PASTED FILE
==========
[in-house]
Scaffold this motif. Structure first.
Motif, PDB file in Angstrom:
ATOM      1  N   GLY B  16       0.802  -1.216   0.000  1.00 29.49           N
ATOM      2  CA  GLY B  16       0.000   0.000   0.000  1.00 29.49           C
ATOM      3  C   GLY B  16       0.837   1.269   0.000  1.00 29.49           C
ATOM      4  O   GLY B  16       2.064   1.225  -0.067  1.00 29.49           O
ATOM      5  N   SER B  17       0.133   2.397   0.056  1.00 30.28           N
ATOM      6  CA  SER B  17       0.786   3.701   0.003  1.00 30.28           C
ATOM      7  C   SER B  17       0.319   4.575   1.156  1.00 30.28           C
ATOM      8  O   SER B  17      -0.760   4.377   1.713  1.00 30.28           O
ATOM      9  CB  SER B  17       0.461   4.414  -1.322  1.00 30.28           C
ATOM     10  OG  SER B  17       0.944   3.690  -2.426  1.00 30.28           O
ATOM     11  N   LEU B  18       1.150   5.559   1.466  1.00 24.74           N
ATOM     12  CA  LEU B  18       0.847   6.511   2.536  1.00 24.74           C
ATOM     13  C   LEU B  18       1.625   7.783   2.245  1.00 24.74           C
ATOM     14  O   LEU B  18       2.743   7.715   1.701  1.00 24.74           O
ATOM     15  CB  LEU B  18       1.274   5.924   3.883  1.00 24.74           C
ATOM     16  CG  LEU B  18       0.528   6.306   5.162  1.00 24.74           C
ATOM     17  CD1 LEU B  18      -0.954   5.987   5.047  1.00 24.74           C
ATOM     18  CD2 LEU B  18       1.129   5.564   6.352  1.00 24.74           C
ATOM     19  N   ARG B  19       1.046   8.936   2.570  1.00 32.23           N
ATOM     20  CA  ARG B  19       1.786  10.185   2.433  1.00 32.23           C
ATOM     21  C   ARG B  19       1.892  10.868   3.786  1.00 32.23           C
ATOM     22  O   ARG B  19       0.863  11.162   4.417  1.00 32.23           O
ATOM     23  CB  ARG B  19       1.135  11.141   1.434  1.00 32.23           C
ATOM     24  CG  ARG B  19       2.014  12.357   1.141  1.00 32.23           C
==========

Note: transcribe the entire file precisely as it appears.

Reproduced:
[in-house]
Scaffold this motif. Structure first.
Motif, PDB file in Angstrom:
ATOM      1  N   GLY B  16       0.802  -1.216   0.000  1.00 29.49           N
ATOM      2  CA  GLY B  16       0.000   0.000   0.000  1.00 29.49           C
ATOM      3  C   GLY B  16       0.837   1.269   0.000  1.00 29.49           C
ATOM      4  O   GLY B  16       2.064   1.225  -0.067  1.00 29.49           O
ATOM      5  N   SER B  17       0.133   2.397   0.056  1.00 30.28           N
ATOM      6  CA  SER B  17       0.786   3.701   0.003  1.00 30.28           C
ATOM      7  C   SER B  17       0.319   4.575   1.156  1.00 30.28           C
ATOM      8  O   SER B  17      -0.760   4.377   1.713  1.00 30.28           O
ATOM      9  CB  SER B  17       0.461   4.414  -1.322  1.00 30.28           C
ATOM     10  OG  SER B  17       0.944   3.690  -2.426  1.00 30.28           O
ATOM     11  N   LEU B  18       1.150   5.559   1.466  1.00 24.74           N
ATOM     12  CA  LEU B  18       0.847   6.511   2.536  1.00 24.74           C
ATOM     13  C   LEU B  18       1.625   7.783   2.245  1.00 24.74           C
ATOM     14  O   LEU B  18       2.743   7.715   1.701  1.00 24.74           O
ATOM     15  CB  LEU B  18       1.274   5.924   3.883  1.00 24.74           C
ATOM     16  CG  LEU B  18       0.528   6.306   5.162  1.00 24.74           C
ATOM     17  CD1 LEU B  18      -0.954   5.987   5.047  1.00 24.74           C
ATOM     18  CD2 LEU B  18       1.129   5.564   6.352  1.00 24.74           C
ATOM     19  N   ARG B  19       1.046   8.936   2.570  1.00 32.23           N
ATOM     20  CA  ARG B  19       1.786  10.185   2.433  1.00 32.23           C
ATOM     21  C   ARG B  19       1.892  10.868   3.786  1.00 32.23           C
ATOM     22  O   ARG B  19       0.863  11.162   4.417  1.00 32.23           O
ATOM     23  CB  ARG B  19       1.135  11.141   1.434  1.00 32.23           C
ATOM     24  CG  ARG B  19       2.014  12.357   1.141  1.00 32.23           C